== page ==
You may recall that I've been working on opening a buxiban here in town. It's done. This morning was deemed an auspicious time for the kai gong (open work) ritual for the New Year. My father-in-law did his thing and came up with 5-7 a.m. as being the luckiest time to set of a magazine of firecrackers bigger than my ass to announce to the good gods that we're here to do business or to scare off nasty demons. Fortunately, I had to stay home with the kids in case they didn't remain sleeping, but they did, and I didn't have to leave my warm bed.
For this morning's bai-bai (prayer) Maggie burned God money in an incinerator that's about the size of those tins that the popcorn comes in at Xmas time. She set up a table in front of the school on which she put a big basket of fruit (the basket, a product of Seminole basketweavers, came from my sister-in-law Shari in Florida several years ago). My mother-in-law called to tell us what kind of fruit we needed to include for what reason.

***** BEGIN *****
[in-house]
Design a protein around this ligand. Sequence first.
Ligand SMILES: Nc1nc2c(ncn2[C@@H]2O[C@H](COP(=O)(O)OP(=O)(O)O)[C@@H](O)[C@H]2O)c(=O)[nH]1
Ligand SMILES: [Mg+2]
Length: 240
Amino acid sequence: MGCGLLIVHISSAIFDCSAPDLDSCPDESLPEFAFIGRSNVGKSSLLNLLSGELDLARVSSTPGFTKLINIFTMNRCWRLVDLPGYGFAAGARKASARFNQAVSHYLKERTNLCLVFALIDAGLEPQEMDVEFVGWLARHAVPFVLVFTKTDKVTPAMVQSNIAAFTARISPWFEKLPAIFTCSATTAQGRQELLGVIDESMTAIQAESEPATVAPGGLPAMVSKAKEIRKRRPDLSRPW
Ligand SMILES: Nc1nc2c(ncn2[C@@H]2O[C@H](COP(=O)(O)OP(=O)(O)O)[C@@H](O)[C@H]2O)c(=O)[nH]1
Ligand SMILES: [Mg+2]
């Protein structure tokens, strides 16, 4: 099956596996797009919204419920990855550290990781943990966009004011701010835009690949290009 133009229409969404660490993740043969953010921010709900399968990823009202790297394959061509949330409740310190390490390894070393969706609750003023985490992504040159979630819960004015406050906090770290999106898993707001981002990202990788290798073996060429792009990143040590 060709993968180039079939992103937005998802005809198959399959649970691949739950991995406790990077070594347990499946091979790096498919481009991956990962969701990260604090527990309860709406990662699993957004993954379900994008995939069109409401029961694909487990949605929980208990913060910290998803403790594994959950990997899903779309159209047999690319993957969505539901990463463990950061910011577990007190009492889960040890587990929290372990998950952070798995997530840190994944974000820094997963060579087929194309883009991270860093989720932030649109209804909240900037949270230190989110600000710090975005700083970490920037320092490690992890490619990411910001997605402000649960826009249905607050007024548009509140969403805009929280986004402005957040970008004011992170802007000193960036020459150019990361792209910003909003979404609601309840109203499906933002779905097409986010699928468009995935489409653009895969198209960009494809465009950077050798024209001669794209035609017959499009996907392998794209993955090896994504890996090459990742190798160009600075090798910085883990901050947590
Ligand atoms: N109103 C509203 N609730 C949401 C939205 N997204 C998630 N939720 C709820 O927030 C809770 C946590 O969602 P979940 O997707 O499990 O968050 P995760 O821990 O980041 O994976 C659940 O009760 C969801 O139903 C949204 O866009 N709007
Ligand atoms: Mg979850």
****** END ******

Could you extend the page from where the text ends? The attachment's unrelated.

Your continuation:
Pineapple in Taiwanese is Onglai which means "very busy" so that our business will be very good. Apples were in the basket for a good reason which is escaping us at the moment. Tangerines bring big luck and big fortune. Plums bai zao nian nian hao every year will be good.
Pears have gone the same way as the apples. I'll try to retrieve them when the mother-in-law phones again.
Our relatives bought us huge baskets of flowers and plastic pineapples to hang from the awning as a way of celebrating the opening of a new business. In addition, we received orchids from the chief of police in Changhua, the principal of one of the high schools in the neighborhood, and a supervisor in the Taipei City Police Department; friends of the family.
All of this in hopes of a good first spring for our school.